The World According to John Coltrane is a one-hour documentary, featuring lots of music footage and interviews with prominent jazz musicians such as Wayne Shorter, Tommy Flanagan and many others. It's an excellent primer on the enormously influential saxophonist's life and music.
Noisey's feature British Masters features interviews by John Doran with Bryan Ferry, Luke Haines, Gary Newman, and Johnny Marr, thus far.
If you want to hear the rock solidest, rock steadiest, rock of Gibralterist rock drumming that's ever been rocked in the history of rock, then you want to hear this.
When script guru John August, writer of films such as Big Fish and Go, posted a fairly casual post advocating teaching children piano and guitar over certain woodwind instruments, the response was fairly heated and resulted in Mr. August putting his blog on a comment holiday.
Happy birthday John Lee Hooker! Let's celebrate by listening to some of your older tunes! "Gonna take you down by the riverside, gonna tie your hands, gonna tie your feet, got the mad man blues" ... "Now the war is over, and I'm broke and I ain't got a dime" ... "You know I'm a crawling king snake, baby, and I rule my nest" ... "Gonna get up in the mornin', goin' down highway 51" ... "Well I rolled and I tumbled, babe, I cried the whole night long" ... "I feel so good, let me do the boogaloo"
Here come old flat top, coming down fast, standing by a parking meter, oh what joy, I'll never do you no harm, and you're working for no one but me. [more inside]
Just ease on into one of the most laid-back grooves to ever weave its way through a New Orleans junkyard, and join the procession as the estimable Dr. John is led through the rusting automobiles on a mule. After that, you'll be ready to enter the Inner Sanctum of Deep Mystic Hoodoo, with the good Doctor as your intoning, night tripping guide through the Zu Zu Mamou hallucinations. You won't be the same, afterwards...
It's harder to be more obscure and unheralded than John Henry Timmis IV. He barely even tried to sell his own music, almost always giving copies away of his impossibly rare loner-punk 45's. Dieing in 2002, almost 15 years after his last single, from complications resulting from alcoholism, after suffering from the degenerative ear/skull disease mastoiditis-- his potential hardly tapped... until now. Film buffs may know him as the director/producer of the longest movie ever made, The Cure for Insomnia staring Lee Groban reading his same titled 4,080 page poem spliced with porn and heavy metal, clocking in at 87 hours. Virtually unknown until the song "Death Trip" appeared on an obscure bootleg punk compilation Staring Down the Barrel. Interest peaked enough for Plastic Crimewave's Secret History of Chicago Music article to have a write up on him and Drag City/Galactic Zoo to reissue his forgotten masterpiece, Cosmic Lighting. [more inside]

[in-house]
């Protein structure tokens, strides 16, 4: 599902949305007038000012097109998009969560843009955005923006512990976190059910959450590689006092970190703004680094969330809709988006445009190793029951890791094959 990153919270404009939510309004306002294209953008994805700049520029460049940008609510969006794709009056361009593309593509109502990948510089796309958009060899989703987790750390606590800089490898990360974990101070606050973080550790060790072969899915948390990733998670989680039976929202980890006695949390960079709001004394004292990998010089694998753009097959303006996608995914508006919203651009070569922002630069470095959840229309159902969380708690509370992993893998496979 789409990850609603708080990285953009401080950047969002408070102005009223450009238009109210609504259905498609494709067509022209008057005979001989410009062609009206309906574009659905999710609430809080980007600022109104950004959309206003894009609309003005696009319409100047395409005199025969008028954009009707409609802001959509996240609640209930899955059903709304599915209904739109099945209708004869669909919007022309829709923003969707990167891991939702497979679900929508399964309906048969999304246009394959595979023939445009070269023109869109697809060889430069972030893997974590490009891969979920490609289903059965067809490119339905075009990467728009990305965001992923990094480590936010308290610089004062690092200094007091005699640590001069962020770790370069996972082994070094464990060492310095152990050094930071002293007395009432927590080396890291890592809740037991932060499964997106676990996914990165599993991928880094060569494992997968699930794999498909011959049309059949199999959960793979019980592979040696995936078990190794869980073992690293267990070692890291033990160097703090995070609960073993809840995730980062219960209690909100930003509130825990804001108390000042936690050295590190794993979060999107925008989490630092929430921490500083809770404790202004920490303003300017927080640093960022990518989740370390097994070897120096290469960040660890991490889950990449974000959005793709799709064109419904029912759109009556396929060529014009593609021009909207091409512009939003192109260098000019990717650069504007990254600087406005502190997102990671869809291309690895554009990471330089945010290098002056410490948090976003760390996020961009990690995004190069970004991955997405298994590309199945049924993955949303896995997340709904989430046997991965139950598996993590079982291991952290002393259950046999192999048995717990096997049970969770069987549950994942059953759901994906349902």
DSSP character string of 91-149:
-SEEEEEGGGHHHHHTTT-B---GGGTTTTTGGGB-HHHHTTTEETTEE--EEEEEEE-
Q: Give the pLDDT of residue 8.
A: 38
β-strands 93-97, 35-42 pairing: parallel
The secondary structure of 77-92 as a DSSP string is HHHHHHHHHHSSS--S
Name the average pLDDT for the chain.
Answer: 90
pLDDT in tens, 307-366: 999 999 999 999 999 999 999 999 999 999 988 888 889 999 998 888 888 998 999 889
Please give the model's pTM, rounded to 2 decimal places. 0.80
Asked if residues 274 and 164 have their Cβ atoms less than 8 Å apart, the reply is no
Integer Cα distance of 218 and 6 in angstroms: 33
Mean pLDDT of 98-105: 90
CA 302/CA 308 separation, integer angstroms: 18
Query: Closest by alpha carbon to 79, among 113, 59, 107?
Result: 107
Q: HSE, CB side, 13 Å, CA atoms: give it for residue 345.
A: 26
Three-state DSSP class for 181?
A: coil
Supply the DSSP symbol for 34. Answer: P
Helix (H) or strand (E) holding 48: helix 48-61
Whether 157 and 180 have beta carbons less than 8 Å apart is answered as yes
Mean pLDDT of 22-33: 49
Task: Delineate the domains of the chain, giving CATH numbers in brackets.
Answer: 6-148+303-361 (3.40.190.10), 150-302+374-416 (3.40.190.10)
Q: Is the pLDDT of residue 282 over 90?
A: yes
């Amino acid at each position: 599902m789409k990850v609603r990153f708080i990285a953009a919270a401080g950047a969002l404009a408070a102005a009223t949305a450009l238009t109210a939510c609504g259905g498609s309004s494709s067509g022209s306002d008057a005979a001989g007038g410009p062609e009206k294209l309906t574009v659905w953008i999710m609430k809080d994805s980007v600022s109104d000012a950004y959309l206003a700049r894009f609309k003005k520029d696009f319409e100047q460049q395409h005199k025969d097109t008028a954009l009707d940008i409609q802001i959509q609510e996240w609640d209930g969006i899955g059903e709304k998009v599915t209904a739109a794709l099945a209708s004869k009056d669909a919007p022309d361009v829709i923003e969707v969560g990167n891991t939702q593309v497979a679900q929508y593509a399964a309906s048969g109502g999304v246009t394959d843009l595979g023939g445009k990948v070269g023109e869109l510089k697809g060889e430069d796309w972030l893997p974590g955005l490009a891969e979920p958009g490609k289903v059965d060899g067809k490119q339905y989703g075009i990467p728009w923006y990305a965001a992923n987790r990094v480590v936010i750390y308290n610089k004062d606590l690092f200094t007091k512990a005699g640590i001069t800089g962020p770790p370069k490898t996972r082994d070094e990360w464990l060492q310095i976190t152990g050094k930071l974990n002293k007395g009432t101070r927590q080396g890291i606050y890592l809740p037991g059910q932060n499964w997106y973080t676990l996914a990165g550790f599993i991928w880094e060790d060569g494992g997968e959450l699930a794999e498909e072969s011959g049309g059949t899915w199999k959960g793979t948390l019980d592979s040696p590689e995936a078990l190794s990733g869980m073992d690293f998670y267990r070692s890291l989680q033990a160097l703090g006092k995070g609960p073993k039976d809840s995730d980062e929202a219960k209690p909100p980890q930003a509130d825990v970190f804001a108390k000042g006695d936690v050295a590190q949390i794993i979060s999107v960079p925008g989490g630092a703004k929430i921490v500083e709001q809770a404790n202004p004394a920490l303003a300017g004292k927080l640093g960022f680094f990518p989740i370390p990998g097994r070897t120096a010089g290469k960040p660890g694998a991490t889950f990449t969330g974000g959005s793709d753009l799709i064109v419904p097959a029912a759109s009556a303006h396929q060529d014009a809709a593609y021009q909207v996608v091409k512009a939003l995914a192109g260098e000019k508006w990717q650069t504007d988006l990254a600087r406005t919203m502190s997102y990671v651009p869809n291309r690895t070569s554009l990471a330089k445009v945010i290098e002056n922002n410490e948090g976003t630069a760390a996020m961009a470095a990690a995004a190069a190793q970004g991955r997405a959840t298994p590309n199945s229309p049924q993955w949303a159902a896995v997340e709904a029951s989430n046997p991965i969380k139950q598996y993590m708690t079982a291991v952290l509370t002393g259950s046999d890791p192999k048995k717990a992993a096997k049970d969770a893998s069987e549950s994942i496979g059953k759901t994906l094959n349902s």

Spy music! Whether it's Lalo Schifrin's theme for Mission Impossible, or Jerry Goldsmith's theme for Man from U.N.C.L.E., or the greatest of them all, John Barry's iconic James Bond theme, you know it when you hear it. Now, for my money, the best spy music in recent years wasn't from a spy movie at all, but an animated superhero film: the action-packed theme and soundtrack for The Incredibles, in which the very talented Michael Giacchino was clearly (and brilliantly) channeling John Barry. And of course, you'll all want to head over here and see what your fellow MeFiers have lately been doing with the genre. [note: see hoverovers for link descriptions] [more inside]
John Adams. NIXON IN CHINA. Excerpts: News has a kind of mystery. Act 1 Scene 3. Act 2 Scene 2a. I am the wife of Mao Tse Tung. Chairman Dances.
John Peel's box of 142 favorite singles discussed in The Times and The Observer. These guys are collecting the whole set (NSFMPAA). [via Stereogum]
Celebrating the life of John Peel: as we approach the first anniversary of John Peel's death, the BBC are preparing for the first John Peel Day on 13 October (marking the day of his last ever Radio 1 show). Things kick off with a concert tonight at the Queen Elizabeth Hall (broadcast tomorrow night on Radio 1) and over 300 gigs across the country. Meanwhile, Radio 4 will be broadcasting a special edition of Home Truths from John and Sheila's home in Suffolk on 22 October, including the naming of a locomotive diesel at Bury St Edmonds.